• Cartoon from a few years ago: “The Replacements[8] – orphaned brother and sisters who mail-ordered a phone from the back of a comic book that allowed them to replace anyone in their lives with someone they think would be better → In true cartoon fashion, these replacements never end up working out the way the children intend for them to work out, and they discover that solving their problems is never as easy as a simple replacement. And this plan that King Ahasuerus implemented sounds like cartoon to me!
        • Vashti = not really working out so well anymore
        • Call in the replacements!
    • Introduces us to both Esther and Mordecai → Now, in the description of these two central characters, the author reveals that Esther and Mordecai are Jews.
      • Little background/history lesson: Babylonian exile in 597 BCE → all the important, powerful, intelligent Jews carted off to live in Babylon → roughly 60 yrs. later, Babylon conquered by Persian empire → Jews allowed to return to Jerusalem → But not all of them chose to do so. After 60 years, some of them had built lives where they were, so they chose to stay. Esther and Mordecai were two of those Jews living as the minority in a foreign land.
  • Now, when it comes to the book of Esther, let me give you a little bit of warning. We’re going to encounter things that make us uncomfortable, things that just don’t sit quite right with us. That’s just part of Scripture. Sometimes there are things that we’re going to have to wrestle with, and the last part of our passage for this morning is one of those things – last verse of text: Esther still wasn’t telling anyone her family background and race, just as Mordecai had ordered her. She continued to do what Mordecai said, just as she did when she was in his care.[9]
    • As a woman: don’t love that Esther “continued to do what Mordecai said” → Where’s her own brain? Where’s her own will? Where’s her own heart and sense of self and empowered identity?
      • Realization: imposing 21st ideals for roles of women onto ancient story
    • More importantly: whole idea of Esther hiding her identity as a Jew – “her family background and race” – doesn’t sit comfortably
      • Again imposing 21st knowledge and freedoms onto ancient story → We live in a society that proclaims equal rights for all to life, liberty, and the pursuit of happiness. We life in a society that is hyper sensitive to individuality, to the point where there are a number of things that we don’t discuss in “polite conversation” (politics, religion, parenting choices, salaries, and so on). And yet …
        • Society in which there is still so much hate-speech directed toward LGBTQ community – even by elected officials[10] and pastors[11]! – that that hate-speech exploded into the violent act that we saw in Orlando last Sun.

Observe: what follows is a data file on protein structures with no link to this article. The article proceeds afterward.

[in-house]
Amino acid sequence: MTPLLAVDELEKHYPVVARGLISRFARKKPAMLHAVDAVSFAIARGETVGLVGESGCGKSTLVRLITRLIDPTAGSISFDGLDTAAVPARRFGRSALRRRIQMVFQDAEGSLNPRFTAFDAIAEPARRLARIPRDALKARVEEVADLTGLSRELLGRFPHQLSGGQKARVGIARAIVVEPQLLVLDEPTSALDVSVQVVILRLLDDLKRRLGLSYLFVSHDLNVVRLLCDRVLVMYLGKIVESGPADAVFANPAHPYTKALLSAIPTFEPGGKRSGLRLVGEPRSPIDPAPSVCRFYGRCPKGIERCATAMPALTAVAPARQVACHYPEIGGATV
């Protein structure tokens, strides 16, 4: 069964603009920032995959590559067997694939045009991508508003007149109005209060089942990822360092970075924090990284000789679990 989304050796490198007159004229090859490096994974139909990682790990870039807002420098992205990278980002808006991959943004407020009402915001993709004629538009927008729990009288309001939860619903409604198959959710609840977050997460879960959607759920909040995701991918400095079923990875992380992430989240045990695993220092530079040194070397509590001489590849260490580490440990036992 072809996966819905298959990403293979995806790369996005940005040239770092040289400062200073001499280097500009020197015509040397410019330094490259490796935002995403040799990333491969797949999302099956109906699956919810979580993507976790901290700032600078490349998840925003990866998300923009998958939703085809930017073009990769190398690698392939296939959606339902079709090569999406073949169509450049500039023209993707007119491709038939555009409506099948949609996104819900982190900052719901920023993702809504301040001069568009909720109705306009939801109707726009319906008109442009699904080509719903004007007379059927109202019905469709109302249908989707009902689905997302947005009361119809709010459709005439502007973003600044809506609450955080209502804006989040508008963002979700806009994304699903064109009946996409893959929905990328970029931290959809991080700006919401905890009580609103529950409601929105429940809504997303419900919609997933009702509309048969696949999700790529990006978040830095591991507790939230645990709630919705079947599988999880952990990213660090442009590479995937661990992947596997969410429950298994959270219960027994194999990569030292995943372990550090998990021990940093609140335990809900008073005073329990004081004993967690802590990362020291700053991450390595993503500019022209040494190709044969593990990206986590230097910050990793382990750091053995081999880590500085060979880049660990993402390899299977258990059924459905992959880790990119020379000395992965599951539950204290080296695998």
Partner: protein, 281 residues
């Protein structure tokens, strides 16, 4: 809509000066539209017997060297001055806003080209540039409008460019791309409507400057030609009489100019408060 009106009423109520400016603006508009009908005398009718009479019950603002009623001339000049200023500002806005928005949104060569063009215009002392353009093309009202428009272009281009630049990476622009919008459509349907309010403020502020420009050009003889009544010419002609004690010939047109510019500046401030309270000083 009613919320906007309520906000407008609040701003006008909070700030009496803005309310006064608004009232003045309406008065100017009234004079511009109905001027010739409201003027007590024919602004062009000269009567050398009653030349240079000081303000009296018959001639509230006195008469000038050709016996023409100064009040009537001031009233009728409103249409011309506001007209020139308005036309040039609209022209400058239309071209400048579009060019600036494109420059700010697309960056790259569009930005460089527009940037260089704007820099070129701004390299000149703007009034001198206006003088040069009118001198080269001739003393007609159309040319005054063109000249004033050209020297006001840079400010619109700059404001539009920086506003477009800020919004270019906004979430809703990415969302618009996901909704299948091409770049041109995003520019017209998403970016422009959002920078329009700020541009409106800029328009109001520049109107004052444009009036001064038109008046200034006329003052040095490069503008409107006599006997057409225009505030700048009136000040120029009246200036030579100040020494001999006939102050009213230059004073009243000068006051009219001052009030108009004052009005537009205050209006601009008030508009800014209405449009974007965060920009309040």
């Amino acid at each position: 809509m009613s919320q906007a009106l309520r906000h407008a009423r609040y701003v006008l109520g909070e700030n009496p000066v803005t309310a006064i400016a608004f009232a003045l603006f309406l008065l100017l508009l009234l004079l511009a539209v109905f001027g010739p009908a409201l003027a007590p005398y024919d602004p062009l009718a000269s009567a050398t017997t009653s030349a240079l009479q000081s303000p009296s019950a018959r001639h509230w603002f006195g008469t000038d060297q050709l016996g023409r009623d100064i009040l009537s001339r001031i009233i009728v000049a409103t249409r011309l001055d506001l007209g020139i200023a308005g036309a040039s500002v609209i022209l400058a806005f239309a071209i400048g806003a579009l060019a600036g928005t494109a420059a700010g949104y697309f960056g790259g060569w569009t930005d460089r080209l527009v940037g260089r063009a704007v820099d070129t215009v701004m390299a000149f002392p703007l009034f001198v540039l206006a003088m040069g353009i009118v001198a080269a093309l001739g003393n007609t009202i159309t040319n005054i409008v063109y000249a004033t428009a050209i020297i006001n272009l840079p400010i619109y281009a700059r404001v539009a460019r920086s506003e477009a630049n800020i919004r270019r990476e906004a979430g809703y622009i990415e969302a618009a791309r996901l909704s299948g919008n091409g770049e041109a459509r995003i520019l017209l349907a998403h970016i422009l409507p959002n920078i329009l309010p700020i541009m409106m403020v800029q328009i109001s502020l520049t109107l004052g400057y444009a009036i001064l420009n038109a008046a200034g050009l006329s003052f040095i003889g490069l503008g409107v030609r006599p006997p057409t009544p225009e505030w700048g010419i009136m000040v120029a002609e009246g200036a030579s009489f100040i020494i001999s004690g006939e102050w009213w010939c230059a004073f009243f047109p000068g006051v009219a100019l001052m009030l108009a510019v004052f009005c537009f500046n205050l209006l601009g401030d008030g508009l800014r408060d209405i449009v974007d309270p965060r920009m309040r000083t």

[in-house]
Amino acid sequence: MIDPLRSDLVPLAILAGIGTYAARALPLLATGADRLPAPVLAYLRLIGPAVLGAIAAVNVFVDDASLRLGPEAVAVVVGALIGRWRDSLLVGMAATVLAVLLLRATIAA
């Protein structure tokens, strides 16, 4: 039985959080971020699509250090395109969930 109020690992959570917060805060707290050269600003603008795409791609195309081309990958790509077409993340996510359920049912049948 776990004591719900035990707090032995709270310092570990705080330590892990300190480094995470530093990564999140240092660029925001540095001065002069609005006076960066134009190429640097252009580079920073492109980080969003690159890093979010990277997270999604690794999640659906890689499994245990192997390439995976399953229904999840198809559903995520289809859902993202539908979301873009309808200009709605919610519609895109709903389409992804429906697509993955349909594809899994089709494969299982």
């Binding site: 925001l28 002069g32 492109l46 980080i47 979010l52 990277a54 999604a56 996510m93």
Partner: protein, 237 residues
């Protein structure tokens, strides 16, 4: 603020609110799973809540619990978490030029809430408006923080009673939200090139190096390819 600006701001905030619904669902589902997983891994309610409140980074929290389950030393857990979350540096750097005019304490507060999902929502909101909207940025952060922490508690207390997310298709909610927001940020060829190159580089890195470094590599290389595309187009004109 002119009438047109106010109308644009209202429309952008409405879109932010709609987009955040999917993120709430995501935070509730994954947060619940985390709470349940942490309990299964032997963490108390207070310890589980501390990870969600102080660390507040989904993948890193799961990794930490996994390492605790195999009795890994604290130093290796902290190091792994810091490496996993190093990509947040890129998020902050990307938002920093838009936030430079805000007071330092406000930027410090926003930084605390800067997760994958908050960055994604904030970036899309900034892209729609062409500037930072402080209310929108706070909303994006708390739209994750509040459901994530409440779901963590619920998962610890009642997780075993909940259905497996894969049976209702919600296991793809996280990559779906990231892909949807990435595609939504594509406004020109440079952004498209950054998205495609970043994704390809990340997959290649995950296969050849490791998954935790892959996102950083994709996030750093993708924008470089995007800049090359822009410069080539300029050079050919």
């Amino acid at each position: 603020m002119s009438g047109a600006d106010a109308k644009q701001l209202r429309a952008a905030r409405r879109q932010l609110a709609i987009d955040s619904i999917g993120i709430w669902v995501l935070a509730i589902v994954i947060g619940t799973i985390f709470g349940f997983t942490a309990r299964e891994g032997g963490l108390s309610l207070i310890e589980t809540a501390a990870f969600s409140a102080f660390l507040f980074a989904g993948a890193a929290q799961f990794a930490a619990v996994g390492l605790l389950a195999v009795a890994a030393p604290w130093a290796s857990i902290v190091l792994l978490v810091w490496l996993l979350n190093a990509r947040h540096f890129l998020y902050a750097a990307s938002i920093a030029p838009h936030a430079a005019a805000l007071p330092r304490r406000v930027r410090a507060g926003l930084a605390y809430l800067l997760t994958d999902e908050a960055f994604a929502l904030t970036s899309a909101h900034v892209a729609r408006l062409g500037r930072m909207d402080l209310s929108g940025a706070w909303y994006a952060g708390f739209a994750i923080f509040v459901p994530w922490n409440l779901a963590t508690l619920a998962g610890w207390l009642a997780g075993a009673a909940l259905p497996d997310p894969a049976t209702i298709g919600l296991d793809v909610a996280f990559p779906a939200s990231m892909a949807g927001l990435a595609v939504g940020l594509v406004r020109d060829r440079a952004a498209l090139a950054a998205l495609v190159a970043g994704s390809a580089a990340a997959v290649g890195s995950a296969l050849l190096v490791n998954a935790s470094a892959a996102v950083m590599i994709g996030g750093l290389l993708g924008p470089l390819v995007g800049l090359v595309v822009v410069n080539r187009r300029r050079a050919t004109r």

• Society in which people of color are routinely subjected to greater scrutiny whether they’re doing something as simple as walking down the aisle of a convenience store or driving a car
        • Society in which an entire religion has been so misconstrued and so vilified by the media, by public figures, and by certain presumptive presidential nominees that more than half of the American population has an unfavorable view of Islam[12]
          • Not a religion of violence
          • Not a religion that seeks to kill everyone who isn’t Muslim
          • Not a religion of intolerance and blind hatred
          • Statement  put out this week by the Islamic Institute of Minnesota[13]
          • Kareem Abdul-Jabbar’s statement – equating ISIS with all of Islam is like equating the KKK with all of Christianity
      • My point, friends, is that by our words, by our actions, by our legislation, by our sensationalized news reports, we tell people every day that they need to follow Esther’s example – to hide who they truly are in order to fit in, to assimilate as quickly and as seamlessly as possible for fear of being “found out.”
        • Jesus in gospel of John: I came so that they could have life – indeed, so that they could live life to the fullest.[14]
        • James: Brothers and sisters, don’t say evil things about each other. Whoever insults or criticizes a brother or sister insults and criticizes the Law. If you find fault with the Law, you are not a doer of the Law but a judge over it. There is only one lawgiver and judge, and he is able to save and to destroy. But you who judge your neighbor, who are you?[15] → As Christians, it’s not our job to run around pointing out all the perceived problems and missteps and sins in other people’s lives. It is our job to try to live like Jesus – a life of love, of compassion, a life of not shrinking the “accepted” circle but expanding it out to the margins … to those places where “proper society” refused to go. And a life that spoke out against intolerance, hatred, and fear. Lord, have mercy. Church, have courage. Amen.

[1] Est 2:7.

[2] Est 2:1.

[3] Ps 25:6.

[4] Ps 89:50.

[5] Ps 119:49.

[6] Is 2:4 (NRSV).

[7] Est 2:2-4.

[8]The Replacements (TV Series)” from Last modified June 8, 2015, accessed June 18, 2016.

[9] Est 2:20.

[10] Scott Wong and Mike Lillis. “Bible verse prompts GOP walkout after LGBT vote labeled a sin” from The Hill, Posted May 26, 2016, accessed June 19, 2016.

[11] “California pastor praises Orlando massacre” from Accessed June 19, 2016.

[12] Jaweed Kaleem. “More Than Half of Americans Have Unfavorable View of Muslims, Poll Finds” from The Huffington Post, Posted Apr. 10, 2014, updated Apr. 10, 2015, accessed June 19, 2016.


[14] Jn 10:10.

[15] Jas 4:11-12.